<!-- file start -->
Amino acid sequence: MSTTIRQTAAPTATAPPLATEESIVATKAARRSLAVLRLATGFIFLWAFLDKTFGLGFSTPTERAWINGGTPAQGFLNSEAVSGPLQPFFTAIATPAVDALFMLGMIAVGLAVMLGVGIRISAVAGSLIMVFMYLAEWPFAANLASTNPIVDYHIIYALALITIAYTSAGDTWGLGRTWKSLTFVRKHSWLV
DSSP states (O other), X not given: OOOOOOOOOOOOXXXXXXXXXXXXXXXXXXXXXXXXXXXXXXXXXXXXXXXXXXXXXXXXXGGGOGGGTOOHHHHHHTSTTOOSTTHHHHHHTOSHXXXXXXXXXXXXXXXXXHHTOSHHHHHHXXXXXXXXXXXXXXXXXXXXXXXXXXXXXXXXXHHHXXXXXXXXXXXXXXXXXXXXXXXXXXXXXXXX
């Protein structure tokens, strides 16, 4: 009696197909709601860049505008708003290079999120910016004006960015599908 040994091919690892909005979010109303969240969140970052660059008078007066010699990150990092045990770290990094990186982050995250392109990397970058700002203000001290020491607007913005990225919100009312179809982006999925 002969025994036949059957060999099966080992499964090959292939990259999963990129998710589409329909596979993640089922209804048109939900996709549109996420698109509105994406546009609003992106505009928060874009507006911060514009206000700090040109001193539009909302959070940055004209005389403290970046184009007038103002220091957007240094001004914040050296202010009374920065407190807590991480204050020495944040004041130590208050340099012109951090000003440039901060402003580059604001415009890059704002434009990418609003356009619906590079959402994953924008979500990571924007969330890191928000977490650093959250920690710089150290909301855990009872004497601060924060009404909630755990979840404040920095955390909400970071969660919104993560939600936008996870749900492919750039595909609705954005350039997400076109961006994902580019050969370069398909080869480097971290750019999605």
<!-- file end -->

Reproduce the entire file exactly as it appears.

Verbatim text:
Amino acid sequence: MSTTIRQTAAPTATAPPLATEESIVATKAARRSLAVLRLATGFIFLWAFLDKTFGLGFSTPTERAWINGGTPAQGFLNSEAVSGPLQPFFTAIATPAVDALFMLGMIAVGLAVMLGVGIRISAVAGSLIMVFMYLAEWPFAANLASTNPIVDYHIIYALALITIAYTSAGDTWGLGRTWKSLTFVRKHSWLV
DSSP states (O other), X not given: OOOOOOOOOOOOXXXXXXXXXXXXXXXXXXXXXXXXXXXXXXXXXXXXXXXXXXXXXXXXXGGGOGGGTOOHHHHHHTSTTOOSTTHHHHHHTOSHXXXXXXXXXXXXXXXXXHHTOSHHHHHHXXXXXXXXXXXXXXXXXXXXXXXXXXXXXXXXXHHHXXXXXXXXXXXXXXXXXXXXXXXXXXXXXXXX
């Protein structure tokens, strides 16, 4: 009696197909709601860049505008708003290079999120910016004006960015599908 040994091919690892909005979010109303969240969140970052660059008078007066010699990150990092045990770290990094990186982050995250392109990397970058700002203000001290020491607007913005990225919100009312179809982006999925 002969025994036949059957060999099966080992499964090959292939990259999963990129998710589409329909596979993640089922209804048109939900996709549109996420698109509105994406546009609003992106505009928060874009507006911060514009206000700090040109001193539009909302959070940055004209005389403290970046184009007038103002220091957007240094001004914040050296202010009374920065407190807590991480204050020495944040004041130590208050340099012109951090000003440039901060402003580059604001415009890059704002434009990418609003356009619906590079959402994953924008979500990571924007969330890191928000977490650093959250920690710089150290909301855990009872004497601060924060009404909630755990979840404040920095955390909400970071969660919104993560939600936008996870749900492919750039595909609705954005350039997400076109961006994902580019050969370069398909080869480097971290750019999605």